Between the ad hominem snarks at me and Chevy Chase, Greater Greater Washington’s David Alpert has a cogent response to my critique. Read it to check out their point of view on my recent series.
Ironically, the demonization of Chevy Chase just demonstrates vividly what I wrote about earlier today in terms of GGW’s negative view toward existing communities. Rather than assuming that reasonable people can and do disagree, this is the standard approach taken by GGW to dissenters.
My objections to the Purple Line are hardly a secret as I’ve written about it many times on this blog. You’d never know from reading GGW, but I don’t belong to a country club, my home won’t be affected by the Purple Line, and I very much favor smarter smart growth–the final upcoming portion of the series.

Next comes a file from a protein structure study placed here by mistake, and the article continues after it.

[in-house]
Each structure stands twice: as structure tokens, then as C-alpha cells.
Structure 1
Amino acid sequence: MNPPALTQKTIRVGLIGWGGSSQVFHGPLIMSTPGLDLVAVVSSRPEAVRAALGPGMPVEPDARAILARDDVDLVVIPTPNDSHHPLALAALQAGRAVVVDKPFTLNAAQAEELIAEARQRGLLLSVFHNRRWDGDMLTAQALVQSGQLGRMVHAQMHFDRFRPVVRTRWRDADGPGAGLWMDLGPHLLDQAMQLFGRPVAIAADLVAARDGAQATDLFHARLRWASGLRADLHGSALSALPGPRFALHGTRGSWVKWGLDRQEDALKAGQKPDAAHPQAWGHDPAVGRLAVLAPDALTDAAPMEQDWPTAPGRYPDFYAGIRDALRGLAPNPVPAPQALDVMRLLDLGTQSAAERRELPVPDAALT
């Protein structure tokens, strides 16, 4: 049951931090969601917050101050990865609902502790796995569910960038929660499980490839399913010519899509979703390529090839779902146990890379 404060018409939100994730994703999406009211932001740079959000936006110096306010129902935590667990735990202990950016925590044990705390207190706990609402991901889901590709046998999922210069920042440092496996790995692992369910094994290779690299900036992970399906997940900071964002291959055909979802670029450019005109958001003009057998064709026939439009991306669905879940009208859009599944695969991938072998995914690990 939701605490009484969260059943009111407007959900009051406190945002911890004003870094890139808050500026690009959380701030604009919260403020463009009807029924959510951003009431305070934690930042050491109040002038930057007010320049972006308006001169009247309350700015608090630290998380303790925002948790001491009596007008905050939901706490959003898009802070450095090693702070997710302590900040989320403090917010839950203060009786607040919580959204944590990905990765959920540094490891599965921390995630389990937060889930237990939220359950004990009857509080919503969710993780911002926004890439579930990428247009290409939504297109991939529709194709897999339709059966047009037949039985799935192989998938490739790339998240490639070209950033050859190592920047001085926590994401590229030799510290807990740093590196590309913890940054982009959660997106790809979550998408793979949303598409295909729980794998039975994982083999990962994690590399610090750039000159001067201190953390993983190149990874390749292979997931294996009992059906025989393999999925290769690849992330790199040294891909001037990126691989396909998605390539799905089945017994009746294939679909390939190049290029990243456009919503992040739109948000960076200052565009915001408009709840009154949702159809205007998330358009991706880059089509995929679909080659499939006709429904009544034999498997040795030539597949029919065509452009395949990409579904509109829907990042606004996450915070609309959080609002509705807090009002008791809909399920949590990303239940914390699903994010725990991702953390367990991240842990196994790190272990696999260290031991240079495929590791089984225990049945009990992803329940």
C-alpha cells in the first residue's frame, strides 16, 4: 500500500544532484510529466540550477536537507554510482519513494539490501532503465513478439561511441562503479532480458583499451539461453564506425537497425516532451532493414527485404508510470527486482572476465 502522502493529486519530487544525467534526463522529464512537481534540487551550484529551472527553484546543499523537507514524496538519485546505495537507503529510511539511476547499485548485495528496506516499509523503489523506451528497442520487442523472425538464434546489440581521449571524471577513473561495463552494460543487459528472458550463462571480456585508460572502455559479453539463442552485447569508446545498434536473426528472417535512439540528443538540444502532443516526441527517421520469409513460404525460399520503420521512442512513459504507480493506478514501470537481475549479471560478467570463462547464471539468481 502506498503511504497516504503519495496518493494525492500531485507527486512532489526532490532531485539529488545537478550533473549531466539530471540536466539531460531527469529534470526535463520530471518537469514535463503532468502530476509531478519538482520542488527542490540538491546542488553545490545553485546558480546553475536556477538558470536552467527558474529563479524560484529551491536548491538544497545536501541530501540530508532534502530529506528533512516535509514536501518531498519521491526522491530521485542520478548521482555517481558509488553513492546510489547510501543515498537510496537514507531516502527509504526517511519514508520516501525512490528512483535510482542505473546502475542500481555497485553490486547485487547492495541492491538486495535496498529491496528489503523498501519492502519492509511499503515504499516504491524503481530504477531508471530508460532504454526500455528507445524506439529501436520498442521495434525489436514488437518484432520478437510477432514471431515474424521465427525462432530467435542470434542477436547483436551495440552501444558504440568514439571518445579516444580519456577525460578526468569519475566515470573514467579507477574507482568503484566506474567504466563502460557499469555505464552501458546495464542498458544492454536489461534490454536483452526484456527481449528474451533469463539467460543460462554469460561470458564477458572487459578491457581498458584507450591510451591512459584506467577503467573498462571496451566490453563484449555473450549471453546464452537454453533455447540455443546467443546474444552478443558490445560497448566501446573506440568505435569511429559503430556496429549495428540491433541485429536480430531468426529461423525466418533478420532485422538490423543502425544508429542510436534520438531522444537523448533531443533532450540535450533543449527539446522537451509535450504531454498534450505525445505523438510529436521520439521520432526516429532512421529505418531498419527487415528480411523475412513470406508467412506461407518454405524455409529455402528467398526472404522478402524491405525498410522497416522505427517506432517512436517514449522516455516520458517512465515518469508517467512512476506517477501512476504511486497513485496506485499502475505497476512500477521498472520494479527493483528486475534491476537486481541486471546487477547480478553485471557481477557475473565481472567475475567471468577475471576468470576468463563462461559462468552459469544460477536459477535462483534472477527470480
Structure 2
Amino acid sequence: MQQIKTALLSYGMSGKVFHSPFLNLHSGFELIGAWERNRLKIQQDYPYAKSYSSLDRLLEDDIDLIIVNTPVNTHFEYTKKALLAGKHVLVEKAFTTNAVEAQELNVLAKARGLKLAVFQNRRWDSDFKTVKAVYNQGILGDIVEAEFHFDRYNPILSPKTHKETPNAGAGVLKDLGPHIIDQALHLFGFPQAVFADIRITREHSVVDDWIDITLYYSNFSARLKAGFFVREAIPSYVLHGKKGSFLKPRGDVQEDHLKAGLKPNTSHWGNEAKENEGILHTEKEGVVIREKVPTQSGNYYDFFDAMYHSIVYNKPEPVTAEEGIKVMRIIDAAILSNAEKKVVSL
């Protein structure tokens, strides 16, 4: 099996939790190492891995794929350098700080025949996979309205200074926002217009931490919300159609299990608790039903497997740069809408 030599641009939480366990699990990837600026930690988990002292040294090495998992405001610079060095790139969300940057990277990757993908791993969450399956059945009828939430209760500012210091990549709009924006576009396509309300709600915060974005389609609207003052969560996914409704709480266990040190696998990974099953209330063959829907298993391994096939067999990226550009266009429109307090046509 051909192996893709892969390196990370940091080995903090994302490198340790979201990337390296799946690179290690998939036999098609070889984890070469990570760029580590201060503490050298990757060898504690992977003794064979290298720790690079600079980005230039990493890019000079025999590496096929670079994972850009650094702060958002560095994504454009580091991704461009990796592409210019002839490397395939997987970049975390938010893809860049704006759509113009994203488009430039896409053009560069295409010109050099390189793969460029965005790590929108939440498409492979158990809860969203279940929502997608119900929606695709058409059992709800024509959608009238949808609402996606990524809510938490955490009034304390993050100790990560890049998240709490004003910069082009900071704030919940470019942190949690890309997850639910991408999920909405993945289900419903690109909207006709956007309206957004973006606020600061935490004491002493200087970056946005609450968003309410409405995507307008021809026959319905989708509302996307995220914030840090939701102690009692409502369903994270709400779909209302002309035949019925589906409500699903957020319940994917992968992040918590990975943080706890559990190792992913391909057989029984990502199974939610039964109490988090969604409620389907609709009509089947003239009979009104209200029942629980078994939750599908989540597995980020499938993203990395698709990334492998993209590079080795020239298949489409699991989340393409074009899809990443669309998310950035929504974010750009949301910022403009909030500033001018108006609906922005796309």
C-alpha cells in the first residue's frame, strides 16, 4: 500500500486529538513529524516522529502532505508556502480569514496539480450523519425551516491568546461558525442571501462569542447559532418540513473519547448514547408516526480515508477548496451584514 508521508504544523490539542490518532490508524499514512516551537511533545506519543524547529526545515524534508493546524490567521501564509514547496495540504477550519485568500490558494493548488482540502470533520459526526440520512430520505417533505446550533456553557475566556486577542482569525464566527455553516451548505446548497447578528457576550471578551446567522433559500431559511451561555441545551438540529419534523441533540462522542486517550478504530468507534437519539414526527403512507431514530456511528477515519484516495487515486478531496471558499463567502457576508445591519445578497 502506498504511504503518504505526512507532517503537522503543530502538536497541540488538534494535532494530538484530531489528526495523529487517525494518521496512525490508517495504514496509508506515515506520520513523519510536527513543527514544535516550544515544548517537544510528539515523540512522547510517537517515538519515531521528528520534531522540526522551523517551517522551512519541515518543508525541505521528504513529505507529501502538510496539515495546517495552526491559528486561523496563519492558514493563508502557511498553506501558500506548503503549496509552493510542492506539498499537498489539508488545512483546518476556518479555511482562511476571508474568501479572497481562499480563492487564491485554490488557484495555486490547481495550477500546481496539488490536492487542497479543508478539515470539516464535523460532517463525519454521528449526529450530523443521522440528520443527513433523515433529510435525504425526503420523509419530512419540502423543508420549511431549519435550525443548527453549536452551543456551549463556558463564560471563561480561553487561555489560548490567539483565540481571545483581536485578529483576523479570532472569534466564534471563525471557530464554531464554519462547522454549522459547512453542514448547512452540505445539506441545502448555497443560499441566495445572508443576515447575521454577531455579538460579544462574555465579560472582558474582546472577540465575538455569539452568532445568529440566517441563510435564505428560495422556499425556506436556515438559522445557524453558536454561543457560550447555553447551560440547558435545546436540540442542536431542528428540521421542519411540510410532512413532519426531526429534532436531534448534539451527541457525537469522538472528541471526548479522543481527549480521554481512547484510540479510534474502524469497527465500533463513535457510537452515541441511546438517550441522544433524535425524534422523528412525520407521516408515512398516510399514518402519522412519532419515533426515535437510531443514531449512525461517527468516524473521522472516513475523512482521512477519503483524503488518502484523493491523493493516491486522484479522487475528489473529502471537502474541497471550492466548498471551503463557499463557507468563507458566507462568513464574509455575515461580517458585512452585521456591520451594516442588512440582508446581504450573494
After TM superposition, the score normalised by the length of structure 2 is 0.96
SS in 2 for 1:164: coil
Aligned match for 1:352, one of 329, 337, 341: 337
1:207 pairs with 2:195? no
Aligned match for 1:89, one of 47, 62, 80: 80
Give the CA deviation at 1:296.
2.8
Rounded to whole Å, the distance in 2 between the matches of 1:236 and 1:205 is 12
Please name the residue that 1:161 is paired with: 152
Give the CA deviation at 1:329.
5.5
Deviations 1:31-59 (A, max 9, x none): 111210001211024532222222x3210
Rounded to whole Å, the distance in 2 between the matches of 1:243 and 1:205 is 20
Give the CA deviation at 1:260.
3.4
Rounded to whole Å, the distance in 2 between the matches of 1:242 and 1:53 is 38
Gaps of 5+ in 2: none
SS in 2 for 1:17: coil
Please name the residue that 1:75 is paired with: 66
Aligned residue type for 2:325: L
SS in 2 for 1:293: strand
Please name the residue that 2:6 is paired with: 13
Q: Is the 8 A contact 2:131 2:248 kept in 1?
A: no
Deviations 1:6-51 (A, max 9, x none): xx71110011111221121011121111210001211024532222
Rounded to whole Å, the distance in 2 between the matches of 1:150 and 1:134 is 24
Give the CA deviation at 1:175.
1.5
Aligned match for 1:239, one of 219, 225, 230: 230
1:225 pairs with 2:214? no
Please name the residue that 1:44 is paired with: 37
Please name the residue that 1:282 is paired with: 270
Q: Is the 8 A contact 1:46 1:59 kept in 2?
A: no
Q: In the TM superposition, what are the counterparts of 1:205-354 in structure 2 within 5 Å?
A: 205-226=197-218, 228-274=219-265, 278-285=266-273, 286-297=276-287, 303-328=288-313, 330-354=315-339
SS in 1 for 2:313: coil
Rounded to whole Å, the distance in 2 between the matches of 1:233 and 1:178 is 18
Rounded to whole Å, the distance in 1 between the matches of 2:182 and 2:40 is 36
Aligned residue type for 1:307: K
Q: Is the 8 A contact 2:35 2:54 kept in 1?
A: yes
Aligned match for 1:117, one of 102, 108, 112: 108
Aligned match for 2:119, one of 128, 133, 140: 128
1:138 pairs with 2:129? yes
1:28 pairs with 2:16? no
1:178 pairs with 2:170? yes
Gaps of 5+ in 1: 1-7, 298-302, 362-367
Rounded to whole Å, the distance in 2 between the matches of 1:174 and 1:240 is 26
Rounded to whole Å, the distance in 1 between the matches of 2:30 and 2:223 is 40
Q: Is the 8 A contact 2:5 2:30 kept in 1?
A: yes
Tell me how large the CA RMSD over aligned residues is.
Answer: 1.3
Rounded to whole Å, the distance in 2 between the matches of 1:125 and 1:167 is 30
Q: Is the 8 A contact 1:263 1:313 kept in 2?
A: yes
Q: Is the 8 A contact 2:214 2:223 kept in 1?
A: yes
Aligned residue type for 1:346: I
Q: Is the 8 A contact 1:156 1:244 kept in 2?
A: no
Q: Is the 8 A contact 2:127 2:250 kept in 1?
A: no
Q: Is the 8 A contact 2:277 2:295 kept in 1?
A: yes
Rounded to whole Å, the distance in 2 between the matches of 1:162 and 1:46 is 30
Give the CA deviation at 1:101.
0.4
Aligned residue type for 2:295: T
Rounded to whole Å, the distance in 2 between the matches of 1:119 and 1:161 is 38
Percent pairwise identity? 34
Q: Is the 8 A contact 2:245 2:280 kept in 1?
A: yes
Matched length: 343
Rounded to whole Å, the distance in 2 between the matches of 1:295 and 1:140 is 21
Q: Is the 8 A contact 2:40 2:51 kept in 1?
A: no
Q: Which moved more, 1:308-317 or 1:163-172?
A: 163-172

So why do I object to it? It’s far too expensive. The costs keep rising suspiciously fast, it places the State’s credit rating at risk, and the ridership numbers calculation remain a secret. The BRT alternative would capture almost all of the benefit at much less cost. This leaves more money for other projects–liking fixing Metro–which sounds like a good deal to me. Most of the planned development will occur even if no version of the line is every built. And this transit line will do nothing for traffic.
It’s more environmentally harmful than the alternatives. The trains will actually generate more greenhouse gases than the cars they replace. It will destroy the Capital Crescent Trail east of Bethesda by turning it into a narrow treeless bike path between sound walls and and the Purple Line.
But hey, it’s a free country. GGW is entitled to their view. Even if sometimes unpleasant, debate is healthy because it informs people and improves the decision-making process.